President Park Geun-hye said Tuesday that North Korea could self-destruct unless it embraces change, the latest in a series of harsh warnings aimed at pressuring North Korean leader Kim Jong-un to give up his nuclear weapons program.
Tensions have spiked on the divided Korean Peninsula as North Korea has ratcheted up its bellicose rhetoric in response to the massive military drills under way between South Korea and the United States.
North Korea has threatened to launch “pre-emptive attacks” against Seoul and Washington at a moment‘s notice. Kim has ordered his officials to get ready to carry out nuclear attacks and conduct more nuclear tests.
Pyongyang could “trod the path of self-destruction by itself if it does not move toward the path of change while continuing its provocations and strong confrontation with the international community,” Park said in a Cabinet meeting.
She added the North’s recent threats underscored a sense of crisis being felt by North Korea toward the international sanctions.
Kim has said North Korea will conduct “a nuclear warhead explosion test and a test-fire of several kinds of ballistic rockets able to carry nuclear warheads” soon “to further enhance the reliance of nuclear attack capability,” the North‘s official Korean Central News Agency said in an English-language dispatch.
Pyongyang’s move is widely seen as the latest sign of defiance against tough U.N. sanctions imposed on the communist country for its fourth nuclear test on Jan. 6 and long-range rocket launch on Feb. 7.
The sanctions call for, among other things, the mandatory inspection of all cargo going into and out of the North, and a ban on the country‘s exports of coal and other mineral resources to cut off North Korea’s access to hard currency.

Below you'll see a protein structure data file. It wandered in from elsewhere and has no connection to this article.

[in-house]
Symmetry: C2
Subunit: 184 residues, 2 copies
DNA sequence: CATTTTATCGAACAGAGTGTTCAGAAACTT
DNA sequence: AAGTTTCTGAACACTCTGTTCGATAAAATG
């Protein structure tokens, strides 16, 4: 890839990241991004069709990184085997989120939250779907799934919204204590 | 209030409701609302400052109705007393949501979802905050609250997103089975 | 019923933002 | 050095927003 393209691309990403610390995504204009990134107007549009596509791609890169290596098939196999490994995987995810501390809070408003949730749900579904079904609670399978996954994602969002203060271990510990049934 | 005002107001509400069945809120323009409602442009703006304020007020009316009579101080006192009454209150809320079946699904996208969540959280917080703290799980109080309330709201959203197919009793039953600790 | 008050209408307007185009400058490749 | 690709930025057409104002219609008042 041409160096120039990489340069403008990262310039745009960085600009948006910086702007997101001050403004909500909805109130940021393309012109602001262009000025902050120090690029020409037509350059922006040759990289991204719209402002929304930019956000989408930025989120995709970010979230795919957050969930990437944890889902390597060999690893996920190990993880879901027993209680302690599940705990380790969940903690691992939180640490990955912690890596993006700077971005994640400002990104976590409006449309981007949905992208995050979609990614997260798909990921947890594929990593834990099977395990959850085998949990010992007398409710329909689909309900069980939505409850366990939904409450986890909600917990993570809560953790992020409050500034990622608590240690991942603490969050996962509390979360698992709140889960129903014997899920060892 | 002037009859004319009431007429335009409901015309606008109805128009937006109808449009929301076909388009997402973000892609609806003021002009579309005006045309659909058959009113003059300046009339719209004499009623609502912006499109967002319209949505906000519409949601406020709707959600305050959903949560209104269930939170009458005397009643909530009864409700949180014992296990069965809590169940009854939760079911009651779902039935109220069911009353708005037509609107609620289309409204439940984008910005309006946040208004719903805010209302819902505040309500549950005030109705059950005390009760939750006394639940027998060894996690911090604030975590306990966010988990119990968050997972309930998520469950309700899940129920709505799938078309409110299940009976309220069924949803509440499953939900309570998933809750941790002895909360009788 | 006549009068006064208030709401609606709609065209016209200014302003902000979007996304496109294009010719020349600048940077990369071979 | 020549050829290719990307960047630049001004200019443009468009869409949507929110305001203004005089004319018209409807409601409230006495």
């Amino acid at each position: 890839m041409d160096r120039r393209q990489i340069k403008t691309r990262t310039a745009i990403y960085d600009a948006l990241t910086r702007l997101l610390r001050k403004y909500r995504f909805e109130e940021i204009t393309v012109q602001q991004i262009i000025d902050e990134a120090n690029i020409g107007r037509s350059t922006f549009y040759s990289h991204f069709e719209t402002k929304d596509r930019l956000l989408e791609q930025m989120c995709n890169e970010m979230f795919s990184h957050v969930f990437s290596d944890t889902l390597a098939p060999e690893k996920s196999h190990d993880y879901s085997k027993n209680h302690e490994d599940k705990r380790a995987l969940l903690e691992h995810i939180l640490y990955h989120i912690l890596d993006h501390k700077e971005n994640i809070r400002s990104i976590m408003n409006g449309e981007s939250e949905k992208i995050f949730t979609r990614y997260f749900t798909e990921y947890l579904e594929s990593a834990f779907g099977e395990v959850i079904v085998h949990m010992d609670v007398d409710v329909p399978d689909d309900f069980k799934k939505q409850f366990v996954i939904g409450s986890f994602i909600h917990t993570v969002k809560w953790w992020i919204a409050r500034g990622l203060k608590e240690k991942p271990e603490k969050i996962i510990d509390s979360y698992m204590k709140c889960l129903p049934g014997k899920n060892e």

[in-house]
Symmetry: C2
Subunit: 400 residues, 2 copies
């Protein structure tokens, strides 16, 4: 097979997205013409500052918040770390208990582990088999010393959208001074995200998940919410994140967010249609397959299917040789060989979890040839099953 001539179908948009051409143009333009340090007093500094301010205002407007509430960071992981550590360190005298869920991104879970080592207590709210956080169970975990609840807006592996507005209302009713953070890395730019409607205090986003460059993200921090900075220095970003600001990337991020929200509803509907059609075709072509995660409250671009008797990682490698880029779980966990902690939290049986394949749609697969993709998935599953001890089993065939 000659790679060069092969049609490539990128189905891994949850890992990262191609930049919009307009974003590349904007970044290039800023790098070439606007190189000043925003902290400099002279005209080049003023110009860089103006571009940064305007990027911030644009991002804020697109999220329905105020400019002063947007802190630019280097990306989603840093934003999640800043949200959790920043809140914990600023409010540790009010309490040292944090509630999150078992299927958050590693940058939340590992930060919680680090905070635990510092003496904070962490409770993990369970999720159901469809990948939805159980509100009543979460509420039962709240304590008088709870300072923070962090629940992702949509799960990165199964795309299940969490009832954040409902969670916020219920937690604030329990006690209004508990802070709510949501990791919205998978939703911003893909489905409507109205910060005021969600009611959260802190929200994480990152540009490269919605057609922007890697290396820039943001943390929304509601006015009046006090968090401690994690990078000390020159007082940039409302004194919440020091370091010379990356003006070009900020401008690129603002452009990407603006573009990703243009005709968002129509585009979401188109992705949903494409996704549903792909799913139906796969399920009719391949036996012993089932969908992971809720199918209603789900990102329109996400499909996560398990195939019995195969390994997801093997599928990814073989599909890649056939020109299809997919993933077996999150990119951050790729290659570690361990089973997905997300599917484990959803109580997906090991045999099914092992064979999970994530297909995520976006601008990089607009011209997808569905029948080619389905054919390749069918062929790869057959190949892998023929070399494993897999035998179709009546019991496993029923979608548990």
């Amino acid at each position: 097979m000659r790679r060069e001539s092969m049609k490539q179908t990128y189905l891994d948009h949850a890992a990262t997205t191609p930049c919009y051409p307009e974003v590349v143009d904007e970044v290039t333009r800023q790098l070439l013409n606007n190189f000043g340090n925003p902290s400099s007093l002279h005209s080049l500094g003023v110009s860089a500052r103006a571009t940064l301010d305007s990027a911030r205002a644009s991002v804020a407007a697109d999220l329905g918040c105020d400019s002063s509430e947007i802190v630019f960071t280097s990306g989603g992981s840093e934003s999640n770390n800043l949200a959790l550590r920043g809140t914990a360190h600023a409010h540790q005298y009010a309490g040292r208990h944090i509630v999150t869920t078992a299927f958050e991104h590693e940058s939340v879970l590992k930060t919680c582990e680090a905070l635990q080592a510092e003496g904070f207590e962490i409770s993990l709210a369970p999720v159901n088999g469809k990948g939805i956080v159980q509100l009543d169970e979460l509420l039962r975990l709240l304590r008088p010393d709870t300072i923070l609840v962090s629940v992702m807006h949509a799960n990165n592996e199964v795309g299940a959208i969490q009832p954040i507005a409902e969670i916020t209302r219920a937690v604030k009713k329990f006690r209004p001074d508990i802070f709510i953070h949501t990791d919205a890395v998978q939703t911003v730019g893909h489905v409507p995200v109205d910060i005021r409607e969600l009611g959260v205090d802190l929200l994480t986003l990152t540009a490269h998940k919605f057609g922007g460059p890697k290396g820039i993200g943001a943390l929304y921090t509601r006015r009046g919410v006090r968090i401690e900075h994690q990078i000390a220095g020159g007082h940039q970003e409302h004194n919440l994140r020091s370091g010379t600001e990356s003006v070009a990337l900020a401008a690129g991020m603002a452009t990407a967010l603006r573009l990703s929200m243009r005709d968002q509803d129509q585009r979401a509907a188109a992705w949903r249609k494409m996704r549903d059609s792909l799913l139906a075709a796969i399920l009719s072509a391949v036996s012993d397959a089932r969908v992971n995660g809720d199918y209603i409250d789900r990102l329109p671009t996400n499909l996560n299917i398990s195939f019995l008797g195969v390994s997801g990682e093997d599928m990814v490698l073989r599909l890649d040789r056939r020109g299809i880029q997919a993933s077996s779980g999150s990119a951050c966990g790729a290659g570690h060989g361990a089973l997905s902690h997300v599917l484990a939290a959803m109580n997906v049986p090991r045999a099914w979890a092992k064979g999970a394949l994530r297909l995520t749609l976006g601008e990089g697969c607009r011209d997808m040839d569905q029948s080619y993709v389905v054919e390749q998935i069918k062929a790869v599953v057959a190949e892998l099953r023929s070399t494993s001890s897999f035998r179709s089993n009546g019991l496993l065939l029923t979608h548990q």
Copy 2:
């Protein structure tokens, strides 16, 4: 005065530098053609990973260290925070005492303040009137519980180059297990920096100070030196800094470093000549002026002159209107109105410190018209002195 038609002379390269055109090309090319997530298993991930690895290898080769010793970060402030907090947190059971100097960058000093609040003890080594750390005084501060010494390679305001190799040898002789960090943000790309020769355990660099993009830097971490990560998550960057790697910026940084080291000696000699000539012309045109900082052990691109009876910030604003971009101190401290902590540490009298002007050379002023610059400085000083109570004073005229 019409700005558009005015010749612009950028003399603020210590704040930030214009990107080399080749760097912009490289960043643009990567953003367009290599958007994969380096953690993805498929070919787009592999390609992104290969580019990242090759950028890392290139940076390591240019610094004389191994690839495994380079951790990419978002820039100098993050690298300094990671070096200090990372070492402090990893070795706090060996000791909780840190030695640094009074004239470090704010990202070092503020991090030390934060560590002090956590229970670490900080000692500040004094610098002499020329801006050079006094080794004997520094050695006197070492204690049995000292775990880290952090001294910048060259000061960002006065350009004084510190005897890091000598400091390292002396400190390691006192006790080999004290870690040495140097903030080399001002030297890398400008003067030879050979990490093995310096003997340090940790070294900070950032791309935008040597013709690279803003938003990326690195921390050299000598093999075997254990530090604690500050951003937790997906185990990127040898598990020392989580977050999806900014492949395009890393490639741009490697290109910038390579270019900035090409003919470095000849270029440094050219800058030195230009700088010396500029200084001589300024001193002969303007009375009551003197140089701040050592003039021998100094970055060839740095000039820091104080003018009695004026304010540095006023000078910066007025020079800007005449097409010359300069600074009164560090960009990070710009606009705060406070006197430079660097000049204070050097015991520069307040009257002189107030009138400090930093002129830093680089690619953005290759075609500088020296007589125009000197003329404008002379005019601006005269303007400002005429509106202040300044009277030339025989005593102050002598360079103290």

Park called on the military to maintain readiness to retaliate against North Korea if Pyongyang stages provocations against Seoul.
Prime Minister Hwang Kyo-ahn also said South Korea and the U.S.
should deter North Korea‘s possible provocations through their strong alliance. He made the comments during a rare visit to the allies’ Combined Forces Command at the U.S. military headquarters in Yongsan in the heart of Seoul.
South Korea has repeatedly vowed to strongly retaliate against any provocations to avenge the deaths of 50 South Koreans who were killed in two separate attacks by the North in March and November of 2010.
Separately, Park welcomed the parliamentary endorsement of a bill meant to improve North Korea‘s dismal human rights record, saying the North’s human rights situation is an issue that must not go unaddressed.
North Korea has long been accused of grave human rights abuses, ranging from holding political prisoners in concentration camps to committing torture and carrying out public executions.
Still, the North has denied any rights abuses, describing the accusations as a U.S.-led attempt to topple its regime, and claiming it has the world‘s most advantageous human rights conditions and policies. (Yonhap)